• One Full Conference Ticket, which you can gift to your clients, your engineering team or members of Computing At School (teachers learning computing to teach the new National Computing Curriculum).
    • Be remembered! Have your logo printed on all #DDDx swag bags, provided to conference attendees, speakers and sponsors attending this year.

      Brand Visibility Benefits
      • Your logo on 200 #DDDx delegate (swag) bags;
      • Exclusive to two sponsors only!
    • Brand Visibility Benefits
      • Your logo (small) on #DDDx Sponsor pages
      • Your own dedicated partner page on skillsmatter.com
      • Your logo (small) on all in-venue conference banners
      • One free ticket to the full conference which you can gift to your clients, your engineering team or members of Computing At School (teachers learning computing to teach the new National Computing Curriculum).

    • Be remembered by all conference attendees, speakers and sponsors attending the party this year! Have your logo printed on the DDD eXchange 2015 Party beer mats and on highly visible party posters and pop-up banners, which are bound to feature in lots of pictures this year.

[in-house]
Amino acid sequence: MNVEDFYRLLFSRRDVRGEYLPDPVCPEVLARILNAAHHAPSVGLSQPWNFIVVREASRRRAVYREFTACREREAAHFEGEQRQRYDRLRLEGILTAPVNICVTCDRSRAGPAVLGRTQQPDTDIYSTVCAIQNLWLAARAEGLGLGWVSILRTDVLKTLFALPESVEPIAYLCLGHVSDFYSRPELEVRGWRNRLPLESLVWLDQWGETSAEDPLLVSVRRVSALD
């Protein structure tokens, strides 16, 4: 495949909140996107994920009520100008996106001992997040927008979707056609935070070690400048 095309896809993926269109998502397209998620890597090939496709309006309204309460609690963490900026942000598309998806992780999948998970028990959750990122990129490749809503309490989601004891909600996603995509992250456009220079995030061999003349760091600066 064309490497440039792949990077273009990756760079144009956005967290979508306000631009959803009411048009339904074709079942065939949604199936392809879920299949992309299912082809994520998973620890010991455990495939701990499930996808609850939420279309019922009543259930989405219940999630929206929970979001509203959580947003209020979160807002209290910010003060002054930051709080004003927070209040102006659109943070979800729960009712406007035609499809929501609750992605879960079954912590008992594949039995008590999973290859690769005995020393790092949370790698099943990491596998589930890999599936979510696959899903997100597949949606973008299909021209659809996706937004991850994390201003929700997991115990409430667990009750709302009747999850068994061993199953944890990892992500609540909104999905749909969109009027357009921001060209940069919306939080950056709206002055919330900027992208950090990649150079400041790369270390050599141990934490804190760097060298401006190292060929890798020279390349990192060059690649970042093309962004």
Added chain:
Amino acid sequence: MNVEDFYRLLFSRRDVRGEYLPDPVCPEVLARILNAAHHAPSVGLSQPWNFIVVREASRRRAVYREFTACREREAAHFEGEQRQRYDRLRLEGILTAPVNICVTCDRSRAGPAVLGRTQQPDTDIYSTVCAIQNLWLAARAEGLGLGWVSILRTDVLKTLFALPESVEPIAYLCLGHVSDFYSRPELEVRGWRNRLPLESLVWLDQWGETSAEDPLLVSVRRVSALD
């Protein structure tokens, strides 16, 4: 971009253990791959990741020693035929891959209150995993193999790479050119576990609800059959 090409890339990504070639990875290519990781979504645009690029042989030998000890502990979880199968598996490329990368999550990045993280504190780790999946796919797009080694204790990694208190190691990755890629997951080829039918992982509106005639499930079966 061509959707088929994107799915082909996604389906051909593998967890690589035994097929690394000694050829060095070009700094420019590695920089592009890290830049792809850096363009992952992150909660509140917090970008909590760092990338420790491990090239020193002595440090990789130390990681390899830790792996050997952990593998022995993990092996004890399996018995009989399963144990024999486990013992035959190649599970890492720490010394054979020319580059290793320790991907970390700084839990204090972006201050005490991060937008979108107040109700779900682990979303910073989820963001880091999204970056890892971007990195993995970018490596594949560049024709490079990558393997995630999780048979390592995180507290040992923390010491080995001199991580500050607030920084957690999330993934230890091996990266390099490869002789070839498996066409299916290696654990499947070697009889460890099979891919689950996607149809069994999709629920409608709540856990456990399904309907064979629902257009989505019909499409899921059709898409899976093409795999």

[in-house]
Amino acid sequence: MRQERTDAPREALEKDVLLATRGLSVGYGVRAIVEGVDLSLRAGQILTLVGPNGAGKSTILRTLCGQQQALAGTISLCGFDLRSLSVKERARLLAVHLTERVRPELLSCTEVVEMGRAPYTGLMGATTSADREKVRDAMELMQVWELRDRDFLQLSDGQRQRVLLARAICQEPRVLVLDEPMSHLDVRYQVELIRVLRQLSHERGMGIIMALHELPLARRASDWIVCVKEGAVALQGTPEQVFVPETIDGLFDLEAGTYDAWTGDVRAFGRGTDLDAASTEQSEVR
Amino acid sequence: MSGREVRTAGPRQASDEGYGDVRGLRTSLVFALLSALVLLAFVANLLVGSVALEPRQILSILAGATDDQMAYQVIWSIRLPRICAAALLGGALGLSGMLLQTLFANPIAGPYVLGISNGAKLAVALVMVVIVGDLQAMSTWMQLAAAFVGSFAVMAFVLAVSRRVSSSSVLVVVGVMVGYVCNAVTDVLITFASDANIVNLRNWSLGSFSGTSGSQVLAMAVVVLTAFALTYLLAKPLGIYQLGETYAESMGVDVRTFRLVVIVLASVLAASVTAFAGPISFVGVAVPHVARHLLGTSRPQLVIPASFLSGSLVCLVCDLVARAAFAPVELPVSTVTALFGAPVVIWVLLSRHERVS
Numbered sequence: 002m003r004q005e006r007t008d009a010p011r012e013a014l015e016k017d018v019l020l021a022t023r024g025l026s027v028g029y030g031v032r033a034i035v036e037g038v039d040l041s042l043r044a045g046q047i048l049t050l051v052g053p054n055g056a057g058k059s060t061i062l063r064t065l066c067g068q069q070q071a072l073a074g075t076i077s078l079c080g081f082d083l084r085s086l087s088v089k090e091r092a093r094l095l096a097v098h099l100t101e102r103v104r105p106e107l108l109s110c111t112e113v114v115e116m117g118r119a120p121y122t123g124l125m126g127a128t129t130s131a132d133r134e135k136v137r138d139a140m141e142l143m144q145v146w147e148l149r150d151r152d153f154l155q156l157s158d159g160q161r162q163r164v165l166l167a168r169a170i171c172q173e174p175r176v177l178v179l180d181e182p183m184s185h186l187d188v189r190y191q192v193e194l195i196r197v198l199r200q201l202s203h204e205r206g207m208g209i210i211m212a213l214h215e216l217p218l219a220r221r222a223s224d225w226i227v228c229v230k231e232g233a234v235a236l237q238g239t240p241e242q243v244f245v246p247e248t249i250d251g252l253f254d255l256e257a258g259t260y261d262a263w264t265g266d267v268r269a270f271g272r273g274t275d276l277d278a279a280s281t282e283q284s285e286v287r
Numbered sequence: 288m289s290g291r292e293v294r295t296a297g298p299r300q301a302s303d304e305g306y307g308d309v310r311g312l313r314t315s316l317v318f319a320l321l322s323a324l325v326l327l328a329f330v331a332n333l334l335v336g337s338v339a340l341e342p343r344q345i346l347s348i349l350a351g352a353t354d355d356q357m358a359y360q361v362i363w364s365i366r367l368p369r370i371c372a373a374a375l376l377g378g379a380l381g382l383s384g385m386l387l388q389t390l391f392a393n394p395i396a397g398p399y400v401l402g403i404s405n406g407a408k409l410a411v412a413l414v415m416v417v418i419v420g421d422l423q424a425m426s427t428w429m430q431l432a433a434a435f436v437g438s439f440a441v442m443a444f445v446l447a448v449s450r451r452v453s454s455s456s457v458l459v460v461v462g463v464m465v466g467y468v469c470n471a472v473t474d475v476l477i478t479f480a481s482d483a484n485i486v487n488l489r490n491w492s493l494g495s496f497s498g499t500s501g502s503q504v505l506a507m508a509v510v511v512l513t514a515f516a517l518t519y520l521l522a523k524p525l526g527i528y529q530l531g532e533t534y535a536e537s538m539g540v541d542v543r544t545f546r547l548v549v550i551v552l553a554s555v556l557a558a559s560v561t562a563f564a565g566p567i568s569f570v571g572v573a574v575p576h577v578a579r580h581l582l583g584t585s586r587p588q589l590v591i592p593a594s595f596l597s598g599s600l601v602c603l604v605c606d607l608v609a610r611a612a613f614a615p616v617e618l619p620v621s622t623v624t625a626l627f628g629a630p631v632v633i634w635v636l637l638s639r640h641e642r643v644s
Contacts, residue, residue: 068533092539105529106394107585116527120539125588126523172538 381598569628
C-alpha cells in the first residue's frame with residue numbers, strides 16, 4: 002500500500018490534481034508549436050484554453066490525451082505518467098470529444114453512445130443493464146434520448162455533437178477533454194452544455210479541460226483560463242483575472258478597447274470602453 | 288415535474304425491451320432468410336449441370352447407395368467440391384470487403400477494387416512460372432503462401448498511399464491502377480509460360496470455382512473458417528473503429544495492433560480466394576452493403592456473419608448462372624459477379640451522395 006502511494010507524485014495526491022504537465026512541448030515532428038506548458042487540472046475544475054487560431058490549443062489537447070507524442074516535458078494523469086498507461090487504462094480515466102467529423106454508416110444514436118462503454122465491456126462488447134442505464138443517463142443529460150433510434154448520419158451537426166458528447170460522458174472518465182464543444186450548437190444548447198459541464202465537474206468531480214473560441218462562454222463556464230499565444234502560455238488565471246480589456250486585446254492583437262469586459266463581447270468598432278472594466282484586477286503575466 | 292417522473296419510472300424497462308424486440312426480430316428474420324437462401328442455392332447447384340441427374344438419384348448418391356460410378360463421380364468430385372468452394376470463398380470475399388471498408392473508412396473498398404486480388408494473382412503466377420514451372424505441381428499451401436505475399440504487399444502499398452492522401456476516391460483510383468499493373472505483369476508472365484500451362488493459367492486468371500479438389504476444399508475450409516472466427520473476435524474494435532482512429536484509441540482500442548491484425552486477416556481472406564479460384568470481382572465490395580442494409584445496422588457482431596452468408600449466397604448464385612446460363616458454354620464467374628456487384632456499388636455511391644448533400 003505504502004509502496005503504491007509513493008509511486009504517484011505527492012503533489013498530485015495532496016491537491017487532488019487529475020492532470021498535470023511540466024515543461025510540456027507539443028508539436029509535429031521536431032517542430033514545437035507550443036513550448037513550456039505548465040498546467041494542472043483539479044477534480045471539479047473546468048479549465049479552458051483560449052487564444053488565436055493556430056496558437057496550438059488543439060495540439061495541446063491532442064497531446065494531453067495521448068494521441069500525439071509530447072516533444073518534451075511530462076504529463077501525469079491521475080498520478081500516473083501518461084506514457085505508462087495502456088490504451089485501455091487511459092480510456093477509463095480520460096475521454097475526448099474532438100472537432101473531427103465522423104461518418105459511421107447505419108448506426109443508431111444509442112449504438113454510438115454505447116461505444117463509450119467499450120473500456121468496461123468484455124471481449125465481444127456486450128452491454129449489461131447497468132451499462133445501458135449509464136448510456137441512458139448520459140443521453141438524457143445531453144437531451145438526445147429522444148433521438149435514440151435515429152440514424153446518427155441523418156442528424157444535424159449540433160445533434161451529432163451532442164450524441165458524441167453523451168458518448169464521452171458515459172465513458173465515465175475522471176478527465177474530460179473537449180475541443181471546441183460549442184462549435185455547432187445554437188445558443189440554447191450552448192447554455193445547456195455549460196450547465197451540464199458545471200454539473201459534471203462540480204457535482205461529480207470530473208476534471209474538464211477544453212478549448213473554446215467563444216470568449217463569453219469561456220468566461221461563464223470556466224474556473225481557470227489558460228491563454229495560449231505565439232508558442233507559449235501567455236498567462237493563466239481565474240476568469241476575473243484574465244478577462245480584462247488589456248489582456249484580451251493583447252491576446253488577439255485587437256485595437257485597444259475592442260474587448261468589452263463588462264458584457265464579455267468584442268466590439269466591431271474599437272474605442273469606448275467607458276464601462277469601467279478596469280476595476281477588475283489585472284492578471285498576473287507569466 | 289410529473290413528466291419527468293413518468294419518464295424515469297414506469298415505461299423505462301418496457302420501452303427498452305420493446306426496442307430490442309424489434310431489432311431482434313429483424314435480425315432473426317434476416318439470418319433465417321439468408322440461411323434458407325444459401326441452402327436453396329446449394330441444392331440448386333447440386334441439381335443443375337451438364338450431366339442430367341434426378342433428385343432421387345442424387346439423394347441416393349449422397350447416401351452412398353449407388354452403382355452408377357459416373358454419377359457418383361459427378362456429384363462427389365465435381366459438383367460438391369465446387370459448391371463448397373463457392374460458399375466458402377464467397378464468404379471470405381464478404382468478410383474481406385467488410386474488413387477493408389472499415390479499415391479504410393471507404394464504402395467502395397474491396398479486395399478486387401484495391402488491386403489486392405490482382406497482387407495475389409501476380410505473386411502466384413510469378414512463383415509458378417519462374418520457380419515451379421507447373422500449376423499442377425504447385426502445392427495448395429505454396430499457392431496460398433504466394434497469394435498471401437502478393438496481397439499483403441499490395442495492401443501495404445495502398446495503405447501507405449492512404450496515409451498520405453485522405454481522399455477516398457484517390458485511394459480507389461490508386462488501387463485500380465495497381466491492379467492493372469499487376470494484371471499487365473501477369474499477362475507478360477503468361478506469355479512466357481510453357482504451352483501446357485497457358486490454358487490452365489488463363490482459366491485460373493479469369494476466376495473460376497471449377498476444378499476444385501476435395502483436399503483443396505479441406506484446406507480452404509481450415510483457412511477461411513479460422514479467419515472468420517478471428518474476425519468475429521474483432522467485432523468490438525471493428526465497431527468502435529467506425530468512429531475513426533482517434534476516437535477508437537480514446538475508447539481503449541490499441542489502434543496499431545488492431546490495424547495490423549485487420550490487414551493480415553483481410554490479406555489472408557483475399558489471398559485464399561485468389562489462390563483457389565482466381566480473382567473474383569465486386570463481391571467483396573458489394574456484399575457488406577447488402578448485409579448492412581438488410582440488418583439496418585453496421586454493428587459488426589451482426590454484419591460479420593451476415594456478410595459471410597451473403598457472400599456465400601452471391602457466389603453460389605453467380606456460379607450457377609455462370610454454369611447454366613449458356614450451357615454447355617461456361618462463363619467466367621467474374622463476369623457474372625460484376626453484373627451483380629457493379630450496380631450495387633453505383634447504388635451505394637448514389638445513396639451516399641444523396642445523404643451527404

Brand Visibility Benefits
      • Your logo displayed on the DDD eXchange 2015 party beer mats and on the party table pop-up banners;
      • Five free tickets to the DDD eXchange 2015 Party, which you can gift to your clients and team members;
      • Your logo (small) on all in-venue conference banners and on the DDD eXchange 2015 Sponsor web pages;
      • Your own dedicated partner page on skillsmatter.com;
      • Exclusive to two party sponsors only!
    • Be remembered! Have your logo printed on all #DDDx t-shirts, provided to conference attendees, speakers and sponsors attending this year.

      Brand Visibility Benefits
      • Your logo on 200 #DDDx t-shirts
      • Exclusive to two t-shirt sponsors only!

To discuss sponsorship opportunities please contact the team:

Thanks to our sponsors